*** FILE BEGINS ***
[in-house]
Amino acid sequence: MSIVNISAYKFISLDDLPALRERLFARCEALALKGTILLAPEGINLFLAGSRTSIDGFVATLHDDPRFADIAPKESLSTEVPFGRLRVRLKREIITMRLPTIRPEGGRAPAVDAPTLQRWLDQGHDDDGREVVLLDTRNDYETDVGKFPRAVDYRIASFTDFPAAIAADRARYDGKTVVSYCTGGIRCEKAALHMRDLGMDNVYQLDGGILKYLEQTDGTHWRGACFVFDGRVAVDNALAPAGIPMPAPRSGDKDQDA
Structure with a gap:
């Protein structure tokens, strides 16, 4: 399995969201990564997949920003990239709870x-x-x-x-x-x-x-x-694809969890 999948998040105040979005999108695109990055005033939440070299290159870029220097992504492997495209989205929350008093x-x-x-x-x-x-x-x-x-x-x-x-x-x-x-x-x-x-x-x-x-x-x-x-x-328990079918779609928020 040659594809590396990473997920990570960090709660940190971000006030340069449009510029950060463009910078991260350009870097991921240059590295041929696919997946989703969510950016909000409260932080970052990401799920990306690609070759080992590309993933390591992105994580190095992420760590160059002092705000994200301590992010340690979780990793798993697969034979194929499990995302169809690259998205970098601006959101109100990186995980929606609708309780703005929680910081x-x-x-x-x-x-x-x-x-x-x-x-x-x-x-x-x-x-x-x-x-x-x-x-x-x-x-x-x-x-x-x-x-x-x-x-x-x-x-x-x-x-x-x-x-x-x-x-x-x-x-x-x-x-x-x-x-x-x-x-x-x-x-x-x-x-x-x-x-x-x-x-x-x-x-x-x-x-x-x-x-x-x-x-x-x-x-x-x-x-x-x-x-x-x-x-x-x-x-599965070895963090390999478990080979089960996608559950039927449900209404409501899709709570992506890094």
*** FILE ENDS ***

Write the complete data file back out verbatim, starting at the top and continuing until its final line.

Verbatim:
[in-house]
Amino acid sequence: MSIVNISAYKFISLDDLPALRERLFARCEALALKGTILLAPEGINLFLAGSRTSIDGFVATLHDDPRFADIAPKESLSTEVPFGRLRVRLKREIITMRLPTIRPEGGRAPAVDAPTLQRWLDQGHDDDGREVVLLDTRNDYETDVGKFPRAVDYRIASFTDFPAAIAADRARYDGKTVVSYCTGGIRCEKAALHMRDLGMDNVYQLDGGILKYLEQTDGTHWRGACFVFDGRVAVDNALAPAGIPMPAPRSGDKDQDA
Structure with a gap:
């Protein structure tokens, strides 16, 4: 399995969201990564997949920003990239709870x-x-x-x-x-x-x-x-694809969890 999948998040105040979005999108695109990055005033939440070299290159870029220097992504492997495209989205929350008093x-x-x-x-x-x-x-x-x-x-x-x-x-x-x-x-x-x-x-x-x-x-x-x-x-328990079918779609928020 040659594809590396990473997920990570960090709660940190971000006030340069449009510029950060463009910078991260350009870097991921240059590295041929696919997946989703969510950016909000409260932080970052990401799920990306690609070759080992590309993933390591992105994580190095992420760590160059002092705000994200301590992010340690979780990793798993697969034979194929499990995302169809690259998205970098601006959101109100990186995980929606609708309780703005929680910081x-x-x-x-x-x-x-x-x-x-x-x-x-x-x-x-x-x-x-x-x-x-x-x-x-x-x-x-x-x-x-x-x-x-x-x-x-x-x-x-x-x-x-x-x-x-x-x-x-x-x-x-x-x-x-x-x-x-x-x-x-x-x-x-x-x-x-x-x-x-x-x-x-x-x-x-x-x-x-x-x-x-x-x-x-x-x-x-x-x-x-x-x-x-x-x-x-x-x-599965070895963090390999478990080979089960996608559950039927449900209404409501899709709570992506890094």